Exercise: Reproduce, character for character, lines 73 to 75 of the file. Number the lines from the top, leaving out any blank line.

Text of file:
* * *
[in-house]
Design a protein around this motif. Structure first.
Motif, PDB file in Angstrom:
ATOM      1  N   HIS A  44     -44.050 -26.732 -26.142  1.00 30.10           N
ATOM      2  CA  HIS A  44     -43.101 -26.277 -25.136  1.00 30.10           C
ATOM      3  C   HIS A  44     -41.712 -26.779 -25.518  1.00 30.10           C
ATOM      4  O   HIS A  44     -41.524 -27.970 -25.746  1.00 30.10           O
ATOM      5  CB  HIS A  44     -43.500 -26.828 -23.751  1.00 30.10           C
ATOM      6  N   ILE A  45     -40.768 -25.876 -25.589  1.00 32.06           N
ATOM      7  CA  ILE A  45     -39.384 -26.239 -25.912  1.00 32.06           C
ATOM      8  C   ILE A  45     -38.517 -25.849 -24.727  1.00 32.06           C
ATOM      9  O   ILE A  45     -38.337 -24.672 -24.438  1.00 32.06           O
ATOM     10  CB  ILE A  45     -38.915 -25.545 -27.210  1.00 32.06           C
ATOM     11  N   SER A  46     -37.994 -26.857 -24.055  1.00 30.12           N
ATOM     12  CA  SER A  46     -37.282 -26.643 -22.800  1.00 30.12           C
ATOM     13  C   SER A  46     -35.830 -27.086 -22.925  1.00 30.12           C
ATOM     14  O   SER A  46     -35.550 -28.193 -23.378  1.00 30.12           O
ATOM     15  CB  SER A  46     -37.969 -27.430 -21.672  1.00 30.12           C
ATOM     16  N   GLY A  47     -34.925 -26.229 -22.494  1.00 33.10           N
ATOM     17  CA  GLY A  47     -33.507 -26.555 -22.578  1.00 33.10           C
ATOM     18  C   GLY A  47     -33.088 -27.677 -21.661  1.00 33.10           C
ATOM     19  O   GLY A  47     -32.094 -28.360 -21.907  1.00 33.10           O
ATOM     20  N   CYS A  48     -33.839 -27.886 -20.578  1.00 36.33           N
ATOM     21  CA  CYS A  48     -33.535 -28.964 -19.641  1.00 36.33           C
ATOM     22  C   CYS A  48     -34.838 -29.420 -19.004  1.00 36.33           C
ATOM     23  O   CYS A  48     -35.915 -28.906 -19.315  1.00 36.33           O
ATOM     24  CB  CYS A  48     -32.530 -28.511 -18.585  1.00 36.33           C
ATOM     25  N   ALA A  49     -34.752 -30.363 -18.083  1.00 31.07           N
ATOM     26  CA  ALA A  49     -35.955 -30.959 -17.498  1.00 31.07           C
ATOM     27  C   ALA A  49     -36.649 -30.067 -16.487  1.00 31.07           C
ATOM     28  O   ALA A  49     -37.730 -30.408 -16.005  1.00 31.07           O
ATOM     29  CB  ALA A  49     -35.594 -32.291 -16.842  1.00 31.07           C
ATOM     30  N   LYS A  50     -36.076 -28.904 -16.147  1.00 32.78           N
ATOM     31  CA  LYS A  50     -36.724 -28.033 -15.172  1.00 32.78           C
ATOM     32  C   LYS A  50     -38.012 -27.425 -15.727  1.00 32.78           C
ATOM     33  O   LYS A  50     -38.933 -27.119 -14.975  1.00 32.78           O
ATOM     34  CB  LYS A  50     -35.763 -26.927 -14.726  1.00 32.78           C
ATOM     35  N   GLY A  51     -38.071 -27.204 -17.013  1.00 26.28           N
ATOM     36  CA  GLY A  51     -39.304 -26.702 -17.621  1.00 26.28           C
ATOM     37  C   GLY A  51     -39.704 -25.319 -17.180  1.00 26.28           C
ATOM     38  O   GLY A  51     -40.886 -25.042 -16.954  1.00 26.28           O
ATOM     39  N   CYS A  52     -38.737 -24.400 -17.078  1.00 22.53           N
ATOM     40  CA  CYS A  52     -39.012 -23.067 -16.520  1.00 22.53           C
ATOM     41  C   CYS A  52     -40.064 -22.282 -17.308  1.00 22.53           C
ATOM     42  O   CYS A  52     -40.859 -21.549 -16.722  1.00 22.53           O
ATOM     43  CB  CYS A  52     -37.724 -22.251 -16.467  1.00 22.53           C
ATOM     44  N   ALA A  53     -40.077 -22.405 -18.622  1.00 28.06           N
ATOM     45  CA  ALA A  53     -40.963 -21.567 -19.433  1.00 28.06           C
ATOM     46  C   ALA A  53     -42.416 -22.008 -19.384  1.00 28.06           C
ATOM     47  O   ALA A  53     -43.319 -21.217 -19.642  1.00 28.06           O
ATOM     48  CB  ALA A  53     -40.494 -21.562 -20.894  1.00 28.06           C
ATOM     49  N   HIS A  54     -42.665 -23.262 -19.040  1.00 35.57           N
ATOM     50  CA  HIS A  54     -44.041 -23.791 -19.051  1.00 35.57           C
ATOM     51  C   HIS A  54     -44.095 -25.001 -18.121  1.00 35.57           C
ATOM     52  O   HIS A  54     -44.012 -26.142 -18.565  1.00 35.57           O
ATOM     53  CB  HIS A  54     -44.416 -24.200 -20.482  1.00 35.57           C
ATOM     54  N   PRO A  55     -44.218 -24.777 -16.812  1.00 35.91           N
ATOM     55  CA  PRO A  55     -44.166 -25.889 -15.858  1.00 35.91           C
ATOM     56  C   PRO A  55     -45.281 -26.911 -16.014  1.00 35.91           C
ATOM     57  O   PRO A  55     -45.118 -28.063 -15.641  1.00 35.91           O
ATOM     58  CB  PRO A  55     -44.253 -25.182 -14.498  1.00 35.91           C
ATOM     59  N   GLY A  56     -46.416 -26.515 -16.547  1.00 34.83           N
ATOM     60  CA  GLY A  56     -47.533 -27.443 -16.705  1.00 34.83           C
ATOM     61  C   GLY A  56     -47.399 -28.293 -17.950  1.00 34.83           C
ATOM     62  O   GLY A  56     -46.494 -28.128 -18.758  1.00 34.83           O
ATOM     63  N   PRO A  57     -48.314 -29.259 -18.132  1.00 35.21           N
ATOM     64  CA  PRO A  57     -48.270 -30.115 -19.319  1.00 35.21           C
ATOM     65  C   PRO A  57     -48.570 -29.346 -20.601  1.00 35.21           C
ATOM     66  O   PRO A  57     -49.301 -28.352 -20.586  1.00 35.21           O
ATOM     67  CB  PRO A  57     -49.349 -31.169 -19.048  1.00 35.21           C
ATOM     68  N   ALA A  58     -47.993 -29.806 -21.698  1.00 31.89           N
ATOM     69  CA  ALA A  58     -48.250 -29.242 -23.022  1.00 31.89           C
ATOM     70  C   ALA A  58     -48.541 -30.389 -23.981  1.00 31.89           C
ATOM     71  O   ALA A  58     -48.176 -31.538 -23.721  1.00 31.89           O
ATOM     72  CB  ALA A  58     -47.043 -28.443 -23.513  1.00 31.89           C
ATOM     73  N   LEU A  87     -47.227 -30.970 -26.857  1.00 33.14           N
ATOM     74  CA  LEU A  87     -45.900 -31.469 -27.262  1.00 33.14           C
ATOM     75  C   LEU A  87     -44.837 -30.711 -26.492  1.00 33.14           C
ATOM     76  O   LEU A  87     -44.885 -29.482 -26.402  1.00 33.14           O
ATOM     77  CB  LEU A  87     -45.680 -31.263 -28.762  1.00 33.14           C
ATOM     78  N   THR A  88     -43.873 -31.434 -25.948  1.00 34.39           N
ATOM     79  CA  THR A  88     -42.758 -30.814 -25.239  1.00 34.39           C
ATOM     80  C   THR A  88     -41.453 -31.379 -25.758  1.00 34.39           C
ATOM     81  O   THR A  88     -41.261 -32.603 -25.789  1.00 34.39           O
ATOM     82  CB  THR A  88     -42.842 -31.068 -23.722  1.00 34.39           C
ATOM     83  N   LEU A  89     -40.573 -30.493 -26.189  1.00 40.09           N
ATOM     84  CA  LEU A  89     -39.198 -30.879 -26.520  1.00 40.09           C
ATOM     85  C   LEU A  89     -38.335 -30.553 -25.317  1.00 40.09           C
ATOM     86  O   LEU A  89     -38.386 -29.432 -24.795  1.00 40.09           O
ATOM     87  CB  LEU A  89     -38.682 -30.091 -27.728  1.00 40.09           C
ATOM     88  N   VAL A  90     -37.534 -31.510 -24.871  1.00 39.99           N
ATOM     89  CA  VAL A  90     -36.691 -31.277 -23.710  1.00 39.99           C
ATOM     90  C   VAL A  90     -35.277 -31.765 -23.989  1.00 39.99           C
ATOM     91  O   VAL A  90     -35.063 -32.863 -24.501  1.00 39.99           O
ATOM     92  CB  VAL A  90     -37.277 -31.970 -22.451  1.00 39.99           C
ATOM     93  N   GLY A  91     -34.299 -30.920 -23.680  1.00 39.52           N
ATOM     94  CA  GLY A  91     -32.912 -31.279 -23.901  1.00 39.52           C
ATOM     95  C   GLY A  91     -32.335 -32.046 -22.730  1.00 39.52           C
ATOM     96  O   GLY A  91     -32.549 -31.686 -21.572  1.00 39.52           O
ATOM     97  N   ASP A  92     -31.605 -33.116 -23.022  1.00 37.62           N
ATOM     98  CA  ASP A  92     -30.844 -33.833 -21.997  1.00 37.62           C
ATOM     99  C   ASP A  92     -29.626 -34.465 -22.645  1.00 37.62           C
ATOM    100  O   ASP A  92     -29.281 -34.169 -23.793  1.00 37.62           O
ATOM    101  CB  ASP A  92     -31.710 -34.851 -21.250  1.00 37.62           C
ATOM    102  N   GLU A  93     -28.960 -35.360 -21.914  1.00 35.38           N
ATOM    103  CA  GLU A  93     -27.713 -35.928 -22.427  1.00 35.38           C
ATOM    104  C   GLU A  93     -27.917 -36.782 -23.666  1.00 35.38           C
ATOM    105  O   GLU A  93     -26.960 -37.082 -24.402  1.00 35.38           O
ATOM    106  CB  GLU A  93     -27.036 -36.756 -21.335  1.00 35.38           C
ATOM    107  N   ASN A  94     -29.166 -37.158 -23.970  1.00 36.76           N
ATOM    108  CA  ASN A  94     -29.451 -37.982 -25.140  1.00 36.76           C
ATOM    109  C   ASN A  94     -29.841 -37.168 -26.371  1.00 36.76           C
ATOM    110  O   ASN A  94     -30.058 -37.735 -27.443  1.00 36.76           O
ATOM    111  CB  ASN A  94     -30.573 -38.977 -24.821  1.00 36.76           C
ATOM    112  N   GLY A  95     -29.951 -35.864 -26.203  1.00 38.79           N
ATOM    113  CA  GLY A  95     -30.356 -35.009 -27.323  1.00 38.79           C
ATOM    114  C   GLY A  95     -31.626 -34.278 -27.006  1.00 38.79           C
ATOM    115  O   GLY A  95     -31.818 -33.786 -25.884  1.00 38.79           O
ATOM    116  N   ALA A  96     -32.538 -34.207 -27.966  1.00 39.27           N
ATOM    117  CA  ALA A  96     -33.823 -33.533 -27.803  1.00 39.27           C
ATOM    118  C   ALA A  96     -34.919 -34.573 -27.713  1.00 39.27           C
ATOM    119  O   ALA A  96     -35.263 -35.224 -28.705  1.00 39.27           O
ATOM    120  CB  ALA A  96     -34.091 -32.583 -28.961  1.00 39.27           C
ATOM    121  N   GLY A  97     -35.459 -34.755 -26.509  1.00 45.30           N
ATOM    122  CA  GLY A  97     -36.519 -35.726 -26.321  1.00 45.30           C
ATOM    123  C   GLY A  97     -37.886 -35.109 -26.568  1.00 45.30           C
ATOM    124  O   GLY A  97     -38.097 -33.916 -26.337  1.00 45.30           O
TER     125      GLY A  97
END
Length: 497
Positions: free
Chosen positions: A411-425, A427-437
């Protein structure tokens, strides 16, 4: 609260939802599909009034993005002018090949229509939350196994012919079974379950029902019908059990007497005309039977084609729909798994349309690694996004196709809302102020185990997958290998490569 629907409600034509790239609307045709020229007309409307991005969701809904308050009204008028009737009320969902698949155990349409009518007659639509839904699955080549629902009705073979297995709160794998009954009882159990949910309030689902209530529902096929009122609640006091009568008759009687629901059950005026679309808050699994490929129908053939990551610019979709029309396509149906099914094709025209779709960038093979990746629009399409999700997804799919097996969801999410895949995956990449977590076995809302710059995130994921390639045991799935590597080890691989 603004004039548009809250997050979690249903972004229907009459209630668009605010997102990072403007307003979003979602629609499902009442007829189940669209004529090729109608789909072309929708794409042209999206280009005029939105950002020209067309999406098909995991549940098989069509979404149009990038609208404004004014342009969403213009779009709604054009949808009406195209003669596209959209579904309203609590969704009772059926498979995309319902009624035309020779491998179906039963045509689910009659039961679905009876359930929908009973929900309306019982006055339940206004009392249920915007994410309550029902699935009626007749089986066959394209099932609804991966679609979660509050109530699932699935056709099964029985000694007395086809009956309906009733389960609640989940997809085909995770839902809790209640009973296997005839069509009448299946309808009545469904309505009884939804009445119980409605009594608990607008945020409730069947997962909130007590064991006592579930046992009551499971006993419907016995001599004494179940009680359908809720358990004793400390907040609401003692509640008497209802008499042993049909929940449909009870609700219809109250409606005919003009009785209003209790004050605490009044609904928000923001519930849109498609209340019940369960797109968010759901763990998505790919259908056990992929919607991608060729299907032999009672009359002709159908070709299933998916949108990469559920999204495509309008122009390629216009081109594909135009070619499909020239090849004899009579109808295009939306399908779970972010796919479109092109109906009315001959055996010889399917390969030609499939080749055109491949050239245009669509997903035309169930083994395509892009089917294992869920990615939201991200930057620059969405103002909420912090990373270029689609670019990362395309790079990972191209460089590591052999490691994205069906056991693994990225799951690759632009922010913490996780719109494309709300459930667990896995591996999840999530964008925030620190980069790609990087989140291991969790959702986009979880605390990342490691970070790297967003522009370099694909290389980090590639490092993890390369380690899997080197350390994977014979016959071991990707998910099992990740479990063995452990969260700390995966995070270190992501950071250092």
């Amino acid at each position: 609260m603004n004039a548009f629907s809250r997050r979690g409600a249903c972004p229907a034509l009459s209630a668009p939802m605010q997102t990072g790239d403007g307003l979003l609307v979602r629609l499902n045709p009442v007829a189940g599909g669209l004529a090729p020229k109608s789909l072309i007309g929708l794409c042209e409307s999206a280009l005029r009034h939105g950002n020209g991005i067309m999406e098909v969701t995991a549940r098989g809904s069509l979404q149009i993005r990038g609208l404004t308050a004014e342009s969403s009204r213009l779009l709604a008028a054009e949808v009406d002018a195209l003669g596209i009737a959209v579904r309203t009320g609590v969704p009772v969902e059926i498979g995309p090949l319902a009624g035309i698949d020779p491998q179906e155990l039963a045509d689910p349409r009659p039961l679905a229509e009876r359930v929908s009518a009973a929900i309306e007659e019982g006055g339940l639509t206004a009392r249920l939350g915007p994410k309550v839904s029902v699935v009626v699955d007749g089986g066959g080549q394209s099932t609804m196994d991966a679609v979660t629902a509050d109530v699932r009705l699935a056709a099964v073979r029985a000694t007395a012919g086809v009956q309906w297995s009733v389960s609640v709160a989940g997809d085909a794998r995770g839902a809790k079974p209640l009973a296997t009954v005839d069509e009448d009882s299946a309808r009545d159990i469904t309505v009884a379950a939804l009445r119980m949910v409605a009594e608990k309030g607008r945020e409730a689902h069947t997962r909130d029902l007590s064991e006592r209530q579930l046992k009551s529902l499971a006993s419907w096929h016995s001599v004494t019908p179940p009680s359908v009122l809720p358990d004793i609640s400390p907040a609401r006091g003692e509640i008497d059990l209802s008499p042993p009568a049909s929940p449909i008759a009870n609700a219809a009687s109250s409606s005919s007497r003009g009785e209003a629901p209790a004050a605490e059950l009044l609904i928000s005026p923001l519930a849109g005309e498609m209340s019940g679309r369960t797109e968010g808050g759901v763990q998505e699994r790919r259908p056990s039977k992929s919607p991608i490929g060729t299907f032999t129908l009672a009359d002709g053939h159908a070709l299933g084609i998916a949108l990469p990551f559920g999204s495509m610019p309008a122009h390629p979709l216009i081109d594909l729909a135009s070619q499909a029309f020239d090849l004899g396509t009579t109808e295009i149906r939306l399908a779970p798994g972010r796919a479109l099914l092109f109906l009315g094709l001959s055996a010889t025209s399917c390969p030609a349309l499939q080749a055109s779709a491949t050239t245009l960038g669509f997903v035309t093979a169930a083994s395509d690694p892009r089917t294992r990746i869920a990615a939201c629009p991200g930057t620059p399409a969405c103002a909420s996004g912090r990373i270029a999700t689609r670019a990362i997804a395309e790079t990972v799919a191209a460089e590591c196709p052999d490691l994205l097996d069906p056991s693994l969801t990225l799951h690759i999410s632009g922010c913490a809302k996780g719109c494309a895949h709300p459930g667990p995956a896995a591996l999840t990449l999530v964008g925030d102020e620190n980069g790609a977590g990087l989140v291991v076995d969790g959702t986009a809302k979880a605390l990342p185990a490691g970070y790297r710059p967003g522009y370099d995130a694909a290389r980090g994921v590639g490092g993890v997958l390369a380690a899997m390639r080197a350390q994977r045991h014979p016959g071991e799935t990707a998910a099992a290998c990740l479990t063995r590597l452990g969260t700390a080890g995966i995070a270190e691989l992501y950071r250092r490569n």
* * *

ATOM     70  C   ALA A  58     -48.541 -30.389 -23.981  1.00 31.89           C
ATOM     71  O   ALA A  58     -48.176 -31.538 -23.721  1.00 31.89           O
ATOM     72  CB  ALA A  58     -47.043 -28.443 -23.513  1.00 31.89           C